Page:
Have you ever investigated what a vision is? A vision is prophecy, only in a picture form. Now God can give prophecy in various ways. Prophecy is an inspired utterance revealed to you by the Most High. Prophecy is not preaching. Prophecy is not, as so many believe, a sermon that is prepared in a study, with a concordance and a dozen commentaries. That’s how millions of ministers prepare their message for Sunday. There are vast numbers of books on homiletics, vast numbers of books on Biblical exegesis, and vast numbers of books that give sermon illustrations, especially funny ones to keep the congregation awake. There are vast numbers of Bible dictionaries and preachers’ commentaries. I am not saying they are wrong. I am only saying it is completely unnecessary when you have the baptism in the Holy Ghost. But preaching is not prophesying. Preaching has to be inspirational, of course. But, oh, the difference when you are truly baptized in the Holy Ghost and God opens His word to you in secret! How different that is from that awful slogging process of trying to dip out something new, and finally falling back on Spurgeon’s Sermons. In England they use a lot of Spurgeon’s sermons, and then dish them up again. I even heard a limerick that was supposed to have been penned by a great dignitary of the Church of England (of the sort who don’t like the Baptists, of whom Spurgeon was one of the chief):
There once was a Baptist named Spurgie,
Who greatly disliked our liturgy.
But his sermons are fine,
I use them as mine,
And so do the rest of the clergy!
But you couldn’t call that inspiration, could you? So sermon preparation is entirely different from receiving from the Lord an inspirational word which wasn’t even thought of until waiting on the Lord and loving Him while worshiping Him spirit and in truth. Prophecy is a message directly from the Lord in the language known to the people who are listening to to the speaker. That’s what happened at Pentecost—it was all prophecy. The people heard in their own tongue; that’s prophecy. Because of the large number of Jews who came from various places, God let them hear the prophecy as a most wonderful, glorious, supernatural manifestation. God enabled some of these one hundred and twenty present at Pentecost, whoever they were, to speak out the words of God, in praises to Him, in the actual tongue of a number of the people who were listening. The tongues are recorded in the Acts of the Apostles, chapter 2. It was prophecy, because there was no interpretation; and God says wherever a message in tongues is given, there must be an interpretation. There was no interpretation at Pentecost, because the people understood what was being said. “We do hear them speak in our tongues the wonderful works of God” (Acts 2:11). So prophecy can be either in your language or in another language; but if it’s in another language, that’s an added miracle. It’s all inspired by God.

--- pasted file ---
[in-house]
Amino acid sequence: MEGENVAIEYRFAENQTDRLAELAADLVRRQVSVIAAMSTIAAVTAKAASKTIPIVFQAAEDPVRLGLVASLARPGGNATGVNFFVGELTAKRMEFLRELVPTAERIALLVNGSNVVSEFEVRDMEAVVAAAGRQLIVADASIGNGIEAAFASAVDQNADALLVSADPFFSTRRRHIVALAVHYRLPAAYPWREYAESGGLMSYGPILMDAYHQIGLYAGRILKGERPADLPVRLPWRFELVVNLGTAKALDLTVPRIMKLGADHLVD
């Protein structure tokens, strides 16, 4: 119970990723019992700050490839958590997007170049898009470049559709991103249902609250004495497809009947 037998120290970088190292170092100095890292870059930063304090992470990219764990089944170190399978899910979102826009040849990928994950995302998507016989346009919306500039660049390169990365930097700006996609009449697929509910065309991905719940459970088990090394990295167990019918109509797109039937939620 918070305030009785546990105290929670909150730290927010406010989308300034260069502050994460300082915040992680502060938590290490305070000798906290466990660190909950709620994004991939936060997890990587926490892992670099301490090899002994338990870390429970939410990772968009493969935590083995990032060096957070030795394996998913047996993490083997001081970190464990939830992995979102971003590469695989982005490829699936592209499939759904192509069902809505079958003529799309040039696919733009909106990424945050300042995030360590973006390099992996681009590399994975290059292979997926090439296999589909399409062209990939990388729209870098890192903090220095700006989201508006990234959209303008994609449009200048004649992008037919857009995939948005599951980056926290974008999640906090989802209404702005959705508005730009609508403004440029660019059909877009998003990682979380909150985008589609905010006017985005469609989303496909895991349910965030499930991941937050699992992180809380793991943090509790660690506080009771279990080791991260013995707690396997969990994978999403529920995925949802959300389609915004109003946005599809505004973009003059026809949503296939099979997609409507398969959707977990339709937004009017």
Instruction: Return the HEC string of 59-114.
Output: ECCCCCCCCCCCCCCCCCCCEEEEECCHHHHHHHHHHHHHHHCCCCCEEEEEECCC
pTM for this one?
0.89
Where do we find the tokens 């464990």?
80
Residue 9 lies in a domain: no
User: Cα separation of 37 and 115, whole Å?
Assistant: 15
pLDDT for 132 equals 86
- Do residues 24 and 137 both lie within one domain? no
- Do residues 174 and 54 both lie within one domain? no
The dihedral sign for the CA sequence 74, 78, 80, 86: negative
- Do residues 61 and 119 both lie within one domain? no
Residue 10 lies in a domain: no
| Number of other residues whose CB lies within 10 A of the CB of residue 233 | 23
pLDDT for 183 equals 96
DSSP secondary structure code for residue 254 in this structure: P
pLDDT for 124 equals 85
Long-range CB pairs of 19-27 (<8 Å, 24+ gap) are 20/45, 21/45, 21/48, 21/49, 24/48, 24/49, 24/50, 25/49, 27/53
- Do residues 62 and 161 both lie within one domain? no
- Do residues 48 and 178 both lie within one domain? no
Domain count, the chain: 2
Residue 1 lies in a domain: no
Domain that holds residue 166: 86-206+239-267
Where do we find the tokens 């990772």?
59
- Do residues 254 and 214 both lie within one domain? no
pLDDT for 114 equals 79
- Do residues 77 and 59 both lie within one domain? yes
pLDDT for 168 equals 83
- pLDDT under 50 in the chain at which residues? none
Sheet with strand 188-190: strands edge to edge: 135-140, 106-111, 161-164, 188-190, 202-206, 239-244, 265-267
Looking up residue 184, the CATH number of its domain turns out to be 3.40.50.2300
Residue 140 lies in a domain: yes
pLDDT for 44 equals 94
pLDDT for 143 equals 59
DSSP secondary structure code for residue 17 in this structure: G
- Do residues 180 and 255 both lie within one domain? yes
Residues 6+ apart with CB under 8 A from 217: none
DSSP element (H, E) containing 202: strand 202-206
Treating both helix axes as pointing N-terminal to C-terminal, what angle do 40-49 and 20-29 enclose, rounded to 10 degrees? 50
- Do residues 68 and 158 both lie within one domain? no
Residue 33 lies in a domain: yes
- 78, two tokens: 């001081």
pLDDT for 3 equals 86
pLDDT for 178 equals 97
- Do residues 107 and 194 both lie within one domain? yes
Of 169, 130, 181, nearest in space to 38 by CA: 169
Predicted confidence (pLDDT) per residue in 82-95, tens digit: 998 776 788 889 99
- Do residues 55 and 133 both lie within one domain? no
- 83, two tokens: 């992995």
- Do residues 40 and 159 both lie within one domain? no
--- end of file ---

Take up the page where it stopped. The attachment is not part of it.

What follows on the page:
In the church God occasionally gives someone a message in a tongue which no one understands. God has said that when that happens, He will provide an interpreter. So there should be those among us whom we recognize as interpreters. We don’t make them so, but God has made them so. God is able both to give a message in a tongue that the speaker doesn’t know, and also to give someone the interpretation of that tongue, though he or she doesn’t know the language which is being spoken. The interpretation (I speak from experience) wells up in you. You just know what that person is speaking about. You don’t know the language. It is not a translation; it is an interpretation. But you do know what God is saying to His people, and you give it forth as inspirationally as the person who gave the new tongue. The new tongue is another form of prophecy. So prophecy can be either in the language of the people, or it can be in another language that has to be interpreted, or it can be given in the form of a picture—a vision. It’s a prophecy just the same.